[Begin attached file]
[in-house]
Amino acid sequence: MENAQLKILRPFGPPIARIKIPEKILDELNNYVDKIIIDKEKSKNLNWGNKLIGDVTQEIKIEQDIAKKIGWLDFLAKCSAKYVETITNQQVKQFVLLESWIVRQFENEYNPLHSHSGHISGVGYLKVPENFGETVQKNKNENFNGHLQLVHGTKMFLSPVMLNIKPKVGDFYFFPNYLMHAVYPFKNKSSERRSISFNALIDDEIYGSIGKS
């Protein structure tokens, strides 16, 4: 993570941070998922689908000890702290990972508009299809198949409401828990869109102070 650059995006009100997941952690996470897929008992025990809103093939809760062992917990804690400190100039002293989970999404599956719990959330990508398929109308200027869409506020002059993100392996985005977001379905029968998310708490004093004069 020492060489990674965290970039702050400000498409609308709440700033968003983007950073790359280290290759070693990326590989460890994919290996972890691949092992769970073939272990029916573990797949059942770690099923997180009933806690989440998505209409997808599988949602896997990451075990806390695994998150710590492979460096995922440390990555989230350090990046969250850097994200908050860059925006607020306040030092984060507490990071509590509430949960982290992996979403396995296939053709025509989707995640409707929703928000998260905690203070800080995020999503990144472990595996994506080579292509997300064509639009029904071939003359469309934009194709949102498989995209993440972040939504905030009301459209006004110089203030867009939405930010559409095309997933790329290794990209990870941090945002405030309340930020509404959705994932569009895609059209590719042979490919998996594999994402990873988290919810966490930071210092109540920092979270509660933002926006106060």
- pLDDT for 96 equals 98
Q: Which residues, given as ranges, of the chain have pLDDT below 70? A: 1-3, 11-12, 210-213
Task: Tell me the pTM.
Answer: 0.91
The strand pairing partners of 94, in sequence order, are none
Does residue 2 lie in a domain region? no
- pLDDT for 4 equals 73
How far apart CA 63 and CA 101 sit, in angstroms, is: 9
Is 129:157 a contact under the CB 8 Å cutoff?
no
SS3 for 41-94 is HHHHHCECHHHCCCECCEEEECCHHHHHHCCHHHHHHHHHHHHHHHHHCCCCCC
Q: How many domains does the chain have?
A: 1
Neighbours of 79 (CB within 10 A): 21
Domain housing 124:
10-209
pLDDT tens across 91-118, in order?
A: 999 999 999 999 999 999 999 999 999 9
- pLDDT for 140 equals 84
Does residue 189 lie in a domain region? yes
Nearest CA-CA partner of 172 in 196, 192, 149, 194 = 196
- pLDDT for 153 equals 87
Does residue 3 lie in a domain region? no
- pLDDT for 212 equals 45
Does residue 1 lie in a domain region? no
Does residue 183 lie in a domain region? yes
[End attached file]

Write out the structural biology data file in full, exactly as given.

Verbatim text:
[in-house]
Amino acid sequence: MENAQLKILRPFGPPIARIKIPEKILDELNNYVDKIIIDKEKSKNLNWGNKLIGDVTQEIKIEQDIAKKIGWLDFLAKCSAKYVETITNQQVKQFVLLESWIVRQFENEYNPLHSHSGHISGVGYLKVPENFGETVQKNKNENFNGHLQLVHGTKMFLSPVMLNIKPKVGDFYFFPNYLMHAVYPFKNKSSERRSISFNALIDDEIYGSIGKS
């Protein structure tokens, strides 16, 4: 993570941070998922689908000890702290990972508009299809198949409401828990869109102070 650059995006009100997941952690996470897929008992025990809103093939809760062992917990804690400190100039002293989970999404599956719990959330990508398929109308200027869409506020002059993100392996985005977001379905029968998310708490004093004069 020492060489990674965290970039702050400000498409609308709440700033968003983007950073790359280290290759070693990326590989460890994919290996972890691949092992769970073939272990029916573990797949059942770690099923997180009933806690989440998505209409997808599988949602896997990451075990806390695994998150710590492979460096995922440390990555989230350090990046969250850097994200908050860059925006607020306040030092984060507490990071509590509430949960982290992996979403396995296939053709025509989707995640409707929703928000998260905690203070800080995020999503990144472990595996994506080579292509997300064509639009029904071939003359469309934009194709949102498989995209993440972040939504905030009301459209006004110089203030867009939405930010559409095309997933790329290794990209990870941090945002405030309340930020509404959705994932569009895609059209590719042979490919998996594999994402990873988290919810966490930071210092109540920092979270509660933002926006106060």
- pLDDT for 96 equals 98
Q: Which residues, given as ranges, of the chain have pLDDT below 70? A: 1-3, 11-12, 210-213
Task: Tell me the pTM.
Answer: 0.91
The strand pairing partners of 94, in sequence order, are none
Does residue 2 lie in a domain region? no
- pLDDT for 4 equals 73
How far apart CA 63 and CA 101 sit, in angstroms, is: 9
Is 129:157 a contact under the CB 8 Å cutoff?
no
SS3 for 41-94 is HHHHHCECHHHCCCECCEEEECCHHHHHHCCHHHHHHHHHHHHHHHHHCCCCCC
Q: How many domains does the chain have?
A: 1
Neighbours of 79 (CB within 10 A): 21
Domain housing 124:
10-209
pLDDT tens across 91-118, in order?
A: 999 999 999 999 999 999 999 999 999 9
- pLDDT for 140 equals 84
Does residue 189 lie in a domain region? yes
Nearest CA-CA partner of 172 in 196, 192, 149, 194 = 196
- pLDDT for 153 equals 87
Does residue 3 lie in a domain region? no
- pLDDT for 212 equals 45
Does residue 1 lie in a domain region? no
Does residue 183 lie in a domain region? yes